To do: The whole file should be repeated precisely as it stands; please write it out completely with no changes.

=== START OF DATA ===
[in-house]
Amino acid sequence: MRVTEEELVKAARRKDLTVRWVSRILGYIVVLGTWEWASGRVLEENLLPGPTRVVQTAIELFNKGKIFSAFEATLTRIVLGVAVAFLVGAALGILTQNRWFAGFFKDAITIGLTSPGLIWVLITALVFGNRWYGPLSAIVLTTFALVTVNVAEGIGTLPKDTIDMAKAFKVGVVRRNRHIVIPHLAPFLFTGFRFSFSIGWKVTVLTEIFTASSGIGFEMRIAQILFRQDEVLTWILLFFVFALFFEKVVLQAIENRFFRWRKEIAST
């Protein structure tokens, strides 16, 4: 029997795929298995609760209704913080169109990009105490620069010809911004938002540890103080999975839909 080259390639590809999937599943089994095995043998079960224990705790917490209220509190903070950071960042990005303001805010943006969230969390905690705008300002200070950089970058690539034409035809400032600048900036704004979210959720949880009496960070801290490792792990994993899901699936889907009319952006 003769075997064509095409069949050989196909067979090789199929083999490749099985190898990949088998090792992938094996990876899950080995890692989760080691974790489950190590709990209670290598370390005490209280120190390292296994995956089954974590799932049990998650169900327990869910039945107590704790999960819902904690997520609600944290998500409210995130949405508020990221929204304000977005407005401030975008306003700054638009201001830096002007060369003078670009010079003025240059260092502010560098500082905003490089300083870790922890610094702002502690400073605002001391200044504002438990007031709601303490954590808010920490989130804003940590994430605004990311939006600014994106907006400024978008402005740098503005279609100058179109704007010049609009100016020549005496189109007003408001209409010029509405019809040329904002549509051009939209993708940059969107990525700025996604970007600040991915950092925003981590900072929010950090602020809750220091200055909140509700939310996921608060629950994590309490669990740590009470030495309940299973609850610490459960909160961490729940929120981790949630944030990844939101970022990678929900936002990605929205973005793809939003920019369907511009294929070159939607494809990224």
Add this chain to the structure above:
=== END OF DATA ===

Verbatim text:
[in-house]
Amino acid sequence: MRVTEEELVKAARRKDLTVRWVSRILGYIVVLGTWEWASGRVLEENLLPGPTRVVQTAIELFNKGKIFSAFEATLTRIVLGVAVAFLVGAALGILTQNRWFAGFFKDAITIGLTSPGLIWVLITALVFGNRWYGPLSAIVLTTFALVTVNVAEGIGTLPKDTIDMAKAFKVGVVRRNRHIVIPHLAPFLFTGFRFSFSIGWKVTVLTEIFTASSGIGFEMRIAQILFRQDEVLTWILLFFVFALFFEKVVLQAIENRFFRWRKEIAST
């Protein structure tokens, strides 16, 4: 029997795929298995609760209704913080169109990009105490620069010809911004938002540890103080999975839909 080259390639590809999937599943089994095995043998079960224990705790917490209220509190903070950071960042990005303001805010943006969230969390905690705008300002200070950089970058690539034409035809400032600048900036704004979210959720949880009496960070801290490792792990994993899901699936889907009319952006 003769075997064509095409069949050989196909067979090789199929083999490749099985190898990949088998090792992938094996990876899950080995890692989760080691974790489950190590709990209670290598370390005490209280120190390292296994995956089954974590799932049990998650169900327990869910039945107590704790999960819902904690997520609600944290998500409210995130949405508020990221929204304000977005407005401030975008306003700054638009201001830096002007060369003078670009010079003025240059260092502010560098500082905003490089300083870790922890610094702002502690400073605002001391200044504002438990007031709601303490954590808010920490989130804003940590994430605004990311939006600014994106907006400024978008402005740098503005279609100058179109704007010049609009100016020549005496189109007003408001209409010029509405019809040329904002549509051009939209993708940059969107990525700025996604970007600040991915950092925003981590900072929010950090602020809750220091200055909140509700939310996921608060629950994590309490669990740590009470030495309940299973609850610490459960909160961490729940929120981790949630944030990844939101970022990678929900936002990605929205973005793809939003920019369907511009294929070159939607494809990224």
Add this chain to the structure above: